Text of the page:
Global stocks: Global equities will be forced to prove their mettle this week. Price action suggests that for many equity indices, the market is ambling at a cross-road. The macro-economic challenges moving markets in general haven't been resolved. That remained true during last week's trade, which saw global stocks move higher, in general. The difference this week is there are more numerous and higher impact risk-events that could make or break the stock market's recovery. There will be no shortage of potential catalysts to move markets, in the short term, into its next phase. Opportunity for both upside and downside exists. Though given the one-way run experienced on Wall Street, perhaps it should be judged that the risk is skewed slightly to the downside, for now.
US market’s cross-roads: The will of the Bulls was under scrutiny in the latter part of last week. The lingering question has yet to be answered: are we experiencing a recovery, or will this be a faded rally? The S&P500 couldn't manage to break the big-psychological resistance level of 2600. The bulls appeared to simply stall on Friday, with the US market according to the S&P500 closing a very narrow 0.01 per cent lower. Friday's trade amounted to the only negative session for the major-US stock index for the week. The upside-momentum is apparently waning for US equities. The VIX is lower it must be stated, so fear is diminishing in the market. But perhaps confidence is still rattled somewhat by December's market-rout.
Reporting season looming: A decision to push the market higher or let the recent rally fade must be imminent. Short-activity, according to IG's data, is gradually building in US indices. There will be no room to hide shortly, as traders prepare for the kick-off of reporting season this week. In total, earnings growth is increasingly expected to slow by more than first-assumed. The overriding concern in markets presently is given the weaker macro-economic outlook whether the growth expectations of US corporates will diminish in-turn. The first week of the reporting season is dominated by bank earnings: fittingly enough too, given its the banks that could prove the canary in the coal mine for any fundamental problems in the market and the US economy at large.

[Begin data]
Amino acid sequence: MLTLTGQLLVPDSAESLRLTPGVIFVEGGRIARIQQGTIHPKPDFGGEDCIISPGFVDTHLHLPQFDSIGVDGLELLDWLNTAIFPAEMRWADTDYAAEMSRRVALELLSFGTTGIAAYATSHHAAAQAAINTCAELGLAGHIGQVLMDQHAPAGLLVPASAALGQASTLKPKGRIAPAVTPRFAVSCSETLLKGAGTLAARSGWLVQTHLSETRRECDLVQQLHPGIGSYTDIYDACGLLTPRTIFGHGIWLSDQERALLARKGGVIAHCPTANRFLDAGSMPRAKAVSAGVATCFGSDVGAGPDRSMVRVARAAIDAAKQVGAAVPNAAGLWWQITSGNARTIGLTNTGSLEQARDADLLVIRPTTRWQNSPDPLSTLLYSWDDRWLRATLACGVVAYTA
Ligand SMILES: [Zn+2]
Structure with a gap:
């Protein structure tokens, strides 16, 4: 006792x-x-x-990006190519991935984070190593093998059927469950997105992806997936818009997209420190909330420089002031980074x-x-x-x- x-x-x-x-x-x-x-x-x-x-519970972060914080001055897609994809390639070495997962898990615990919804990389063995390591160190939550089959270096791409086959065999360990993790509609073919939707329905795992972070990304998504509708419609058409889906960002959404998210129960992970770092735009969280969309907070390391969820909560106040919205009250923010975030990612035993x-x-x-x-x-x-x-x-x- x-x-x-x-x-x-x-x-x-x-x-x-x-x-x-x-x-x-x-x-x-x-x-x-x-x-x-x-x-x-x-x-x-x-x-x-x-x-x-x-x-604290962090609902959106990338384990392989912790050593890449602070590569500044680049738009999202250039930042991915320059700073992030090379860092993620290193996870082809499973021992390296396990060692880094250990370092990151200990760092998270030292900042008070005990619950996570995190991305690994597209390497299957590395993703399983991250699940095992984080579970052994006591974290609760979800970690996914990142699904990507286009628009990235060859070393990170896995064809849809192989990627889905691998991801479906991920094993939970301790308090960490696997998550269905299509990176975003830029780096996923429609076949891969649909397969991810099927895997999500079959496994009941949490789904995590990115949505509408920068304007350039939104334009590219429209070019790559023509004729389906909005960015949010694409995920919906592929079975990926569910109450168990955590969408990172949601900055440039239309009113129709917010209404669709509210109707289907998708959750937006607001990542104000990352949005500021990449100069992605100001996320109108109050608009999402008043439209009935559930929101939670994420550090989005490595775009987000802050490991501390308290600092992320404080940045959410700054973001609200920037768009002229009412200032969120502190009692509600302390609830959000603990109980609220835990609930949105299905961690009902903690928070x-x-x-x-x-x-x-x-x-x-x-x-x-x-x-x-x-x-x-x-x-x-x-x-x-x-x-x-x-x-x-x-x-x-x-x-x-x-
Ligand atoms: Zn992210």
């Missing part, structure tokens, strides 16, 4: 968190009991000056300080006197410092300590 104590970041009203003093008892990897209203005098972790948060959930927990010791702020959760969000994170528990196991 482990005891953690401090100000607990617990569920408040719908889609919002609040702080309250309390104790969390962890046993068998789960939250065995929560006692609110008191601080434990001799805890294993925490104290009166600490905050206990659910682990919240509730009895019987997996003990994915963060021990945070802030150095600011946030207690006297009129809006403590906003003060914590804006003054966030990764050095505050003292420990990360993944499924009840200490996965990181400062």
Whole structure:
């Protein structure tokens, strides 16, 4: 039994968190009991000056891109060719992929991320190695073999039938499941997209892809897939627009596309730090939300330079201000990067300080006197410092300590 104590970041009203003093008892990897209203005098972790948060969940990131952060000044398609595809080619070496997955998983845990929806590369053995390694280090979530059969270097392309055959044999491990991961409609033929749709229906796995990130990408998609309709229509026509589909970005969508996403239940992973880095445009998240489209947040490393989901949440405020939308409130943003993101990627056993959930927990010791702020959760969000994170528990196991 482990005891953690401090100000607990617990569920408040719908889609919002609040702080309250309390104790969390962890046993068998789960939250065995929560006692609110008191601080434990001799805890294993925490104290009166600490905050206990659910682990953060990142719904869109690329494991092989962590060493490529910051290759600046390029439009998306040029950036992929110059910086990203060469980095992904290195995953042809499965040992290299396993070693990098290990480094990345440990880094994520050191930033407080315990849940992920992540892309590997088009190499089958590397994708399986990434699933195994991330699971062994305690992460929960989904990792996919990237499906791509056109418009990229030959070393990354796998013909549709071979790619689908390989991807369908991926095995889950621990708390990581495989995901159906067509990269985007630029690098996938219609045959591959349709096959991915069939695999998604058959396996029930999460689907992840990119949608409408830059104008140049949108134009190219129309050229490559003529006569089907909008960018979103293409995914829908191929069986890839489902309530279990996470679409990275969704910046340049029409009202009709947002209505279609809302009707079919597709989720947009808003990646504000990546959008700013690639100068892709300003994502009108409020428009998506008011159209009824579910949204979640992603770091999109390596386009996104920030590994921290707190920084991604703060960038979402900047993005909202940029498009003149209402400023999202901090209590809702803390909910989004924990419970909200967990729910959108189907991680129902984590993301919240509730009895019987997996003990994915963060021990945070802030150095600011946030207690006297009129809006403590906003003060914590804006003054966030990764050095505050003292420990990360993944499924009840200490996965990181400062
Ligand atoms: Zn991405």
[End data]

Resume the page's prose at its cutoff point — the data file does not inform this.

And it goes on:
ASX200: Once again, the ASX will likely trade in the slip-stream of US stocks this week. SPI futures are indicating a 15-point jump at today’s open, according to the last traded price on that instrument. Like US equities, the conviction of the bulls in the ASX on Friday demonstrated signs of diminishing. The 5800 level is for the ASX200 what is 2600 is for the S&P500: a significant psychological barrier that is coming to represent the difference between recovery and a fading rally. The technicals for ASX200 are looking softer, based on Friday’s market-activity. Breadth was a tepid 37 per cent and volumes were 36.60 per cent below the 100-day average, as the index shed 0.36 per cent to close at 5774 to end the week.
Australian Retail Sales: Sentiment towards Australian economic fundamentals were bolstered on Friday, despite the ASX’s retracement. Domestic Retail Sales data surprised to the upside, printing 0.4 per cent m/m compared to the forecast 0.3 per cent. Below the surface, the numbers weren’t as strong as the headlines betrayed: the driver of the solid figure was probably the transitory effects of the Black Friday and Cyber Monday promotional periods. Moreover, annualized sales growth fell to 2.8 per cent, from a previously 3-and-a-half per cent. Irrespective of those details, consumer stocks climbed on the news. However, the implied probability of a rate-cut from the RBA increased slightly to around 30 per cent – though the Australian Dollar did mask this fact, which rallied above 0.7200, in-line with the Chinese Yuan.
Brexit’s meaningful vote: As any market participant would be aware, in this market, any number of surprises can jump-out to rattle traders. Assessing the calendar and data-docket for the week ahead though, little comes close to challenging the mid-week “meaningful vote” on Brexit in UK Parliament as the most significant scheduled event. To put into the context of prevailing sentiment, aside from swings in UK and European rates and currencies, the subject of Brexit has been down the list of trader’s biggest concerns. It makes sense: global growth and Fed policy has far greater economic impacts, while the US-China trade-war is the more pressing geopolitical issue. Nevertheless, Brexit and its implications are an ongoing concern, with the result of Wednesday’s parliamentary vote to influence trader’s outlook for the global economy in 2019.
A weaker outlook for Europe: It’s expected that UK Prime Minister Theresa May’s Brexit-bill will fail to pass the House of Commons. Assuming it does, from there markets are confronted by a series of unknowns. There’s been talk of Labour tabling a no-confidence motion in May and her government; or perhaps even a general election or a second referendum. The balance of risks remain irrefutably to the downside for markets out of this event. The area which ought to worry economic-boffins is, amid what looks like a protracted Brexit-campaign, is Europe’s economy looks headed for a marked slowdown. Although its GDP figures surprised to the upside on Friday, boosting the Cable and UK gilts, the UK’s manufacturing data revealed a considerable contraction in activity, adding to a slew of very weak manufacturing numbers across the European continent.
Written by Kyle Rodda - IG Australia